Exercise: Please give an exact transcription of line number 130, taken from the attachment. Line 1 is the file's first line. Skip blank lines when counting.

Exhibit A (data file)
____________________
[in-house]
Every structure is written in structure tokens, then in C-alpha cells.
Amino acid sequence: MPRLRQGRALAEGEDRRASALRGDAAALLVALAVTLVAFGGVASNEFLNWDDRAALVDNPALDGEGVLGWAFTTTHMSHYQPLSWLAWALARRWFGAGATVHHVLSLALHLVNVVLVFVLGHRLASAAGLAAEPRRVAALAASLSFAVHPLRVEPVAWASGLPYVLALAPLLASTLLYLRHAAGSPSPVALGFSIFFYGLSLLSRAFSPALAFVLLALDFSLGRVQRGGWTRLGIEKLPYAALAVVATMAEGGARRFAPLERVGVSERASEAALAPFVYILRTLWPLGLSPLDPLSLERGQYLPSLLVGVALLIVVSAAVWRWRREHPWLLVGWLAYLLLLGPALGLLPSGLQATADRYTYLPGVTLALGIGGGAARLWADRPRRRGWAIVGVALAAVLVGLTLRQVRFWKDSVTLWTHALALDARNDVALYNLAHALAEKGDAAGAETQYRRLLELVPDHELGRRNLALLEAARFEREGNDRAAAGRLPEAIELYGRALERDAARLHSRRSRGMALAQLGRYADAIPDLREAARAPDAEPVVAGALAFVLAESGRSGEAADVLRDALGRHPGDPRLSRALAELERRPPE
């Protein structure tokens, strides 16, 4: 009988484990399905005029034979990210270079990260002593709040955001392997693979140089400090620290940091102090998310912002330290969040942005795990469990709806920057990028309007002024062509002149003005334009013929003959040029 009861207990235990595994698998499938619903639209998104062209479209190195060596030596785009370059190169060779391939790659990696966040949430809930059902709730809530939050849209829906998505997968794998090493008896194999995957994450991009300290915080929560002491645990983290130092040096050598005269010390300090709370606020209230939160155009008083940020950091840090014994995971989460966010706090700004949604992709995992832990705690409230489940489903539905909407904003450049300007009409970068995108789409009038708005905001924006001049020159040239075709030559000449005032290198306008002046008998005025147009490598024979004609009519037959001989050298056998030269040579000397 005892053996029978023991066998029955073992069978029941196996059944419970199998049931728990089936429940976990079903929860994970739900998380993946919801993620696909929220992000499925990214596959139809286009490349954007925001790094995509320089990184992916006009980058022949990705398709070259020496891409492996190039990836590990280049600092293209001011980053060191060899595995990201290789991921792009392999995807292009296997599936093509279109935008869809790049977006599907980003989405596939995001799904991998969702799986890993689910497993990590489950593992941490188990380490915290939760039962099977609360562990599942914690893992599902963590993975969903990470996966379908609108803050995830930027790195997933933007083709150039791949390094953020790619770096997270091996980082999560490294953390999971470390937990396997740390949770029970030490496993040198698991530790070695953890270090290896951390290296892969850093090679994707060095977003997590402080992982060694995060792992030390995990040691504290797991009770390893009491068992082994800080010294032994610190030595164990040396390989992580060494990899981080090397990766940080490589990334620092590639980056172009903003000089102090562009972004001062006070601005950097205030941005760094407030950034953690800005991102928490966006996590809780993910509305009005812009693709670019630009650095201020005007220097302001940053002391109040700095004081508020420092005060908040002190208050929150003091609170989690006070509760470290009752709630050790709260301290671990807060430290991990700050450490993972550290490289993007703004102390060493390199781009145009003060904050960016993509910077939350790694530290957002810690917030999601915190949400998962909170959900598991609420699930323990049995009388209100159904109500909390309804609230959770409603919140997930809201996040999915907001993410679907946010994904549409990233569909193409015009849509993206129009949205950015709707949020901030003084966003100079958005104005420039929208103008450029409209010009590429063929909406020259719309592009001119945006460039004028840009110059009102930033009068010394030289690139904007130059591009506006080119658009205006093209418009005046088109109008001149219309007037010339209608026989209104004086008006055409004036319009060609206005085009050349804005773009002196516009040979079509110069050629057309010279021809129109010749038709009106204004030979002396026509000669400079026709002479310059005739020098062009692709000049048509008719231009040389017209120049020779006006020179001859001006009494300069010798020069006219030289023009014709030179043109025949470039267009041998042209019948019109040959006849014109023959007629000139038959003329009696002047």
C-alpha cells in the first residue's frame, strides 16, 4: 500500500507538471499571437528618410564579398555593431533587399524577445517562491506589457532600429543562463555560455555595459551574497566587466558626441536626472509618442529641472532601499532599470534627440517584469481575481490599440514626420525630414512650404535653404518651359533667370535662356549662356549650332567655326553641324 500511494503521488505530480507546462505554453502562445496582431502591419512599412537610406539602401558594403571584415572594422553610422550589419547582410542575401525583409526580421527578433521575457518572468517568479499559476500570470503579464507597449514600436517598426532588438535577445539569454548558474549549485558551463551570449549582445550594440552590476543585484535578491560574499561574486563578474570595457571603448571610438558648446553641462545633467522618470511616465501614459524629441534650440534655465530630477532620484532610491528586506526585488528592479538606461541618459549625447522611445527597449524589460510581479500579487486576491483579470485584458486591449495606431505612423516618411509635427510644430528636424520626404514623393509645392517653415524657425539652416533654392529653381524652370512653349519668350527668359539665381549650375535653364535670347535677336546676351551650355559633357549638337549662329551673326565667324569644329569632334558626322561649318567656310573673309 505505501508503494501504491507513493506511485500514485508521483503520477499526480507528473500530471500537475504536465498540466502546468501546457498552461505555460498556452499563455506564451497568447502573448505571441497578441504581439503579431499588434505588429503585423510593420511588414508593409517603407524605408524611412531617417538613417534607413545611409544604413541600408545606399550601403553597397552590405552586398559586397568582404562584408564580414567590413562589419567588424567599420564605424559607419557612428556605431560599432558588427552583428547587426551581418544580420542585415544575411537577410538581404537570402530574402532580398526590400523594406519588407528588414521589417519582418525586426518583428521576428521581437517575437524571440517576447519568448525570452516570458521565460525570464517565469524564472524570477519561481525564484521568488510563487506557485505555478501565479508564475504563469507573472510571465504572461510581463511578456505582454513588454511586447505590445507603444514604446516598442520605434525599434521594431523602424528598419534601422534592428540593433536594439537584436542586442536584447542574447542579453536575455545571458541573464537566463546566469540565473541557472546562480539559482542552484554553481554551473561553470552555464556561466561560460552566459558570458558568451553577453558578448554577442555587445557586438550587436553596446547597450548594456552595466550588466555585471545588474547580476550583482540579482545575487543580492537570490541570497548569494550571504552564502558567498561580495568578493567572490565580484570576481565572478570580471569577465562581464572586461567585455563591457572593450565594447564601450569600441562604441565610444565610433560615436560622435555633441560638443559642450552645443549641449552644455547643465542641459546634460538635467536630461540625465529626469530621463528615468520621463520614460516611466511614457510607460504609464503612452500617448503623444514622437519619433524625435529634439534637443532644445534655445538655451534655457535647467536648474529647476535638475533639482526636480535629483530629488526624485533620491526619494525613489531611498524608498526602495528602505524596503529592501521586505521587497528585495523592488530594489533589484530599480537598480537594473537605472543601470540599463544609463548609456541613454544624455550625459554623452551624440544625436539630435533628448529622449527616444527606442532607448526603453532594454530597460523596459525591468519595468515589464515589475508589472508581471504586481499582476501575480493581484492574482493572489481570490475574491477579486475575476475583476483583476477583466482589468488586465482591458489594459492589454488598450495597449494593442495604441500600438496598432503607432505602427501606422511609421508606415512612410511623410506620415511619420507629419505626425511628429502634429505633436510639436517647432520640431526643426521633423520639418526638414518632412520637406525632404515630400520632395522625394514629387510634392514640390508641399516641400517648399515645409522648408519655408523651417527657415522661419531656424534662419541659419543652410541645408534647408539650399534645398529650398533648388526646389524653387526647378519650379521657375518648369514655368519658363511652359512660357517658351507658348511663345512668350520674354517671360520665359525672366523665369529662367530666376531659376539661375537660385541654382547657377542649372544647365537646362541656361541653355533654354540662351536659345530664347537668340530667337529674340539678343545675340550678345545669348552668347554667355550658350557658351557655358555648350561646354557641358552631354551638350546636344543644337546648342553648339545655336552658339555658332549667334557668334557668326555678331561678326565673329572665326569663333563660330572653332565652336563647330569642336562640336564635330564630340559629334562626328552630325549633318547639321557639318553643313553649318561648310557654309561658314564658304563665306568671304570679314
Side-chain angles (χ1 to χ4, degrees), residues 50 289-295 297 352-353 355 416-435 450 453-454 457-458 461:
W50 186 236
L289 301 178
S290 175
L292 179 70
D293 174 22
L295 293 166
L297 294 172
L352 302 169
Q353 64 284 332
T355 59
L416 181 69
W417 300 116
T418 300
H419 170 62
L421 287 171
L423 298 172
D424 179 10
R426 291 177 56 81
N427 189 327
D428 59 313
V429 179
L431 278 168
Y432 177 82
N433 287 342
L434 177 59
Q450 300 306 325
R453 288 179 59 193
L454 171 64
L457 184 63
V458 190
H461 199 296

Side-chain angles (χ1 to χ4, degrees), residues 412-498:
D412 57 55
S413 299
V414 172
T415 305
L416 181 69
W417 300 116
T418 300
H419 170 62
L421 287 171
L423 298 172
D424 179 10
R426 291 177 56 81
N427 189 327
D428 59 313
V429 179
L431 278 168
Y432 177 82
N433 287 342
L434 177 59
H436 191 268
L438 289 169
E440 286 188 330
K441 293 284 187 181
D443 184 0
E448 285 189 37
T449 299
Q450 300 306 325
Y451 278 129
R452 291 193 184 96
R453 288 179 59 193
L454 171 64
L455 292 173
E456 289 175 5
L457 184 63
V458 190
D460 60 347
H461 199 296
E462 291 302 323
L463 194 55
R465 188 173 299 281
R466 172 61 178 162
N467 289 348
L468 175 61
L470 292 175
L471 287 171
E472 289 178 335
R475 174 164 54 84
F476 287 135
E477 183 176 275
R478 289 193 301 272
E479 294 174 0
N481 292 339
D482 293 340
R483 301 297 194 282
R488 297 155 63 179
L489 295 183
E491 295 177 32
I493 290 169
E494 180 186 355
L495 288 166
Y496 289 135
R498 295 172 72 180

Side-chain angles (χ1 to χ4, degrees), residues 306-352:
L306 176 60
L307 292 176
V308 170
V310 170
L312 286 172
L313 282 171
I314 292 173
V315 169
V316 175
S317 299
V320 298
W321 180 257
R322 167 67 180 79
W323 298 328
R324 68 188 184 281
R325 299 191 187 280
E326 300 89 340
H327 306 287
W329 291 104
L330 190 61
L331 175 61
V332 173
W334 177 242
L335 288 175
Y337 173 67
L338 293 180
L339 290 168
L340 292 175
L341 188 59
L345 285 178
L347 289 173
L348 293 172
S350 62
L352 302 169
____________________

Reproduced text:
L341 188 59